From my point of view, Leica cameras such as the M11 and their lenses are way too expensive. But it’s far from a simple conclusion and it leaves me with some inner turmoil, as I also understand why they’re expensive – and it’s a dichotomy we all have to come to terms with.
For one, Leicas are too expensive for the technology they offer. But on the other hand, it is a luxury camera brand where the cameras are handmade in Germany using high quality materials. If Leica were to mass-produce cameras like the M11 to cut costs, the quality of materials would also have to be reduced and the design would inevitably take a hit too. Would Leica then lose much of what makes its cameras so unique and special?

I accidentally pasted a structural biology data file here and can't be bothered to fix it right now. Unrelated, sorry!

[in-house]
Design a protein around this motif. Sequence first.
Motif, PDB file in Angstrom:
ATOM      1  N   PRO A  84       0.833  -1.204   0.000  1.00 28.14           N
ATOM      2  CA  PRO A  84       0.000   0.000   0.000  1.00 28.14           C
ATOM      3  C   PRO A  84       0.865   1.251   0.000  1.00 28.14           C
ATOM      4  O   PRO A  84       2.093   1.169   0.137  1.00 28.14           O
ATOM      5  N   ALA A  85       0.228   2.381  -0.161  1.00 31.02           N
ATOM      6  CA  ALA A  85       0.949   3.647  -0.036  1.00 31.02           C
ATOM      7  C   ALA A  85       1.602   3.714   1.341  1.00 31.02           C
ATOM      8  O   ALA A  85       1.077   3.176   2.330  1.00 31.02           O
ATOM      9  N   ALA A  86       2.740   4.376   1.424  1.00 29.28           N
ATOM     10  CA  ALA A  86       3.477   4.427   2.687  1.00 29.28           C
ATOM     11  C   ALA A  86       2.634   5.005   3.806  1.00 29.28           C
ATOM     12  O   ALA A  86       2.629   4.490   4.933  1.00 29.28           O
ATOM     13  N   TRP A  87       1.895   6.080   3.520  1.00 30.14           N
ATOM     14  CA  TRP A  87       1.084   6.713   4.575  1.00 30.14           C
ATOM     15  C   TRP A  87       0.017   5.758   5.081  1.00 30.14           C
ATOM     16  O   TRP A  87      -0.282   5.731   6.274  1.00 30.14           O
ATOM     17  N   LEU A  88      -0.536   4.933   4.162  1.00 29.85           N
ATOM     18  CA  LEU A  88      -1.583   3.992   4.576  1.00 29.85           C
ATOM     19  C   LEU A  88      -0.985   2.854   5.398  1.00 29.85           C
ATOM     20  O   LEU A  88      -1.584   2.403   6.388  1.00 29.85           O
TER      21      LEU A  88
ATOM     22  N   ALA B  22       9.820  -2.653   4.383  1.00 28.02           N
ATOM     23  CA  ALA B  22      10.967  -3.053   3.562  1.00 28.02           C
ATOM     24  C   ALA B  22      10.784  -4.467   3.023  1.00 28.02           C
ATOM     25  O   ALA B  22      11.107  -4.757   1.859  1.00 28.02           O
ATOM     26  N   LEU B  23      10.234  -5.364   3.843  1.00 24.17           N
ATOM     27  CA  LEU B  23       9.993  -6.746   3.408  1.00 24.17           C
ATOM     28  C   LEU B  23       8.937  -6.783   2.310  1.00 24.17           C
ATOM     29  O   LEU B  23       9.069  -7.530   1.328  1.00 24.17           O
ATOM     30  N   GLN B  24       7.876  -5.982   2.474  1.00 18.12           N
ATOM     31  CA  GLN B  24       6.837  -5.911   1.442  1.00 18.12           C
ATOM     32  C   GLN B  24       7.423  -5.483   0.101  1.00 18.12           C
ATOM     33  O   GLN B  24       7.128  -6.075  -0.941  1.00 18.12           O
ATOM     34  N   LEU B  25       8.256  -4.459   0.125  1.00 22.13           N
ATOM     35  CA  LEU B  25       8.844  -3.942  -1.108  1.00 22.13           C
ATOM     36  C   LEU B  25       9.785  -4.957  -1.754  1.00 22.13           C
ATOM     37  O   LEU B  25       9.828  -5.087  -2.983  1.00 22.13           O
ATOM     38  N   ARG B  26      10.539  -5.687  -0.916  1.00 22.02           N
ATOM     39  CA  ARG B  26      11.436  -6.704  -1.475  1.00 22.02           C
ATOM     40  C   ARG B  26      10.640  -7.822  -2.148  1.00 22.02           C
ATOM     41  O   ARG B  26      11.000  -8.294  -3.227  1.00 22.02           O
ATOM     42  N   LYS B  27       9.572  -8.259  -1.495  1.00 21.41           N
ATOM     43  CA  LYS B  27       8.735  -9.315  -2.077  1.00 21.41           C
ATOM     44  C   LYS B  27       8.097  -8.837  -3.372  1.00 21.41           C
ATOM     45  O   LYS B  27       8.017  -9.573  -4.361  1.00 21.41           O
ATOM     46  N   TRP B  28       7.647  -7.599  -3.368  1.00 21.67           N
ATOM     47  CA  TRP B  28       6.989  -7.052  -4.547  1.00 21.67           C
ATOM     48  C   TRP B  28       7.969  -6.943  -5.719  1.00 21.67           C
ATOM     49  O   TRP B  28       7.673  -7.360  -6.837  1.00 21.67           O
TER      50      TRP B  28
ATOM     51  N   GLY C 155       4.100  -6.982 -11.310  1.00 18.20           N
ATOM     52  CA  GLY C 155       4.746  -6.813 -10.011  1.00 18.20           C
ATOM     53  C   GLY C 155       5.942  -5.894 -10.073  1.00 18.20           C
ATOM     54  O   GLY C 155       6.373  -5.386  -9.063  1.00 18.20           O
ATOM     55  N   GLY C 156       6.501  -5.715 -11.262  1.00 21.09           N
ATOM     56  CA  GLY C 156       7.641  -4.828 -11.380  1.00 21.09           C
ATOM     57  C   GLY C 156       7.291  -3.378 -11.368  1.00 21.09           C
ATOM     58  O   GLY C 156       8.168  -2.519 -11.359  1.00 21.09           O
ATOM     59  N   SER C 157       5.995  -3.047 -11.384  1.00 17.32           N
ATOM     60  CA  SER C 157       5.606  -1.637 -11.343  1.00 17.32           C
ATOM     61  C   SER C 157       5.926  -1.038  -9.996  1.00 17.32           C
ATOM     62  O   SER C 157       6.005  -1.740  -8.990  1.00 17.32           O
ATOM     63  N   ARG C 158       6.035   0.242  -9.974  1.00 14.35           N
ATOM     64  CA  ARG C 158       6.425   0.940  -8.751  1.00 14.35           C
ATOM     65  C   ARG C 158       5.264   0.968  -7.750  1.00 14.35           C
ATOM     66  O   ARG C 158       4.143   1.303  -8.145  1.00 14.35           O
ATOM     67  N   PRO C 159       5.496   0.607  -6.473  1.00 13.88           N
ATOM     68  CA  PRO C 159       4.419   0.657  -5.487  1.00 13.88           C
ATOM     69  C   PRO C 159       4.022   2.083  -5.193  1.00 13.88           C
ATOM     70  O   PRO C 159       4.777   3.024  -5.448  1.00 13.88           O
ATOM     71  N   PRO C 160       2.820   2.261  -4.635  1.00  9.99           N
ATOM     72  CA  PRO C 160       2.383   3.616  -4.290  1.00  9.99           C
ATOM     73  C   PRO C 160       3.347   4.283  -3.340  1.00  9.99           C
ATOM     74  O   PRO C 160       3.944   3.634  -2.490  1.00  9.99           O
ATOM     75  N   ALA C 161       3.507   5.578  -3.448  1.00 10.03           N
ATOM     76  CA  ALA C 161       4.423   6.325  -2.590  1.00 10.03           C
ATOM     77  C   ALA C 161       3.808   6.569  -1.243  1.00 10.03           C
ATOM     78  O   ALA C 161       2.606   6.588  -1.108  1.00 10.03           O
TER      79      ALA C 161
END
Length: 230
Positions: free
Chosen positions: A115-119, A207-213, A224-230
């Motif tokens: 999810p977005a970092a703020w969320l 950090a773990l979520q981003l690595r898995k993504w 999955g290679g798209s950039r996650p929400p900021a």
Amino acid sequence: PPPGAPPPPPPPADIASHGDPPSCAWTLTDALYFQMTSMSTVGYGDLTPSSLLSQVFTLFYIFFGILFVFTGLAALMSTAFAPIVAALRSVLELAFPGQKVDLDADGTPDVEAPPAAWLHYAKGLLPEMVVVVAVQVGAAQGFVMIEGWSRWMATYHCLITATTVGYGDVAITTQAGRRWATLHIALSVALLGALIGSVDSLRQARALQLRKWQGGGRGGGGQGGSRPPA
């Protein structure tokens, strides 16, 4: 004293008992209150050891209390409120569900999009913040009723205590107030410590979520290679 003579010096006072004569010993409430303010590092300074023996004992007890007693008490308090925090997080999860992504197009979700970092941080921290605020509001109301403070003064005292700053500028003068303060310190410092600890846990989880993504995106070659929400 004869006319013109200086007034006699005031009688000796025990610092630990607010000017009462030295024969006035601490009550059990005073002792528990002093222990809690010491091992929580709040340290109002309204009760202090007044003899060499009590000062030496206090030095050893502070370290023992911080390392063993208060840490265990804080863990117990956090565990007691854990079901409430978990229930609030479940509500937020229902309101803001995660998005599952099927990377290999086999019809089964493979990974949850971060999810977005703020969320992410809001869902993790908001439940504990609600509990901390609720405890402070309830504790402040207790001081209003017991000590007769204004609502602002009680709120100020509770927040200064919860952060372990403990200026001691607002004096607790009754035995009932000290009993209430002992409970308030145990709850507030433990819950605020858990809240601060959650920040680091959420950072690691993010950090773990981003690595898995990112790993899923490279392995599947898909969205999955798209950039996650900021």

Leica cameras offer a unique set of features that directly cater to the needs of a niche group of professionals, as well as lucky amateurs who can afford them and are used to paying for premium brands. But there is still more to consider; Leicas hold their value much better than other cameras, and in some cases can increase in value due to their rarity and limited edition, and therefore can even be considered an investment.
An example of this is the limited edition “Drifter” M Monochrom with a snakeskin finish, produced with musician Lenny Kravitz. And in this situation of rarity and collectability, a Leica camera essentially pays for itself. So if you can afford the initial cost and need the style of shooting they offer, Leica cameras can be a fantastic option, for some. For the rest of us, we may just have to keep dreaming.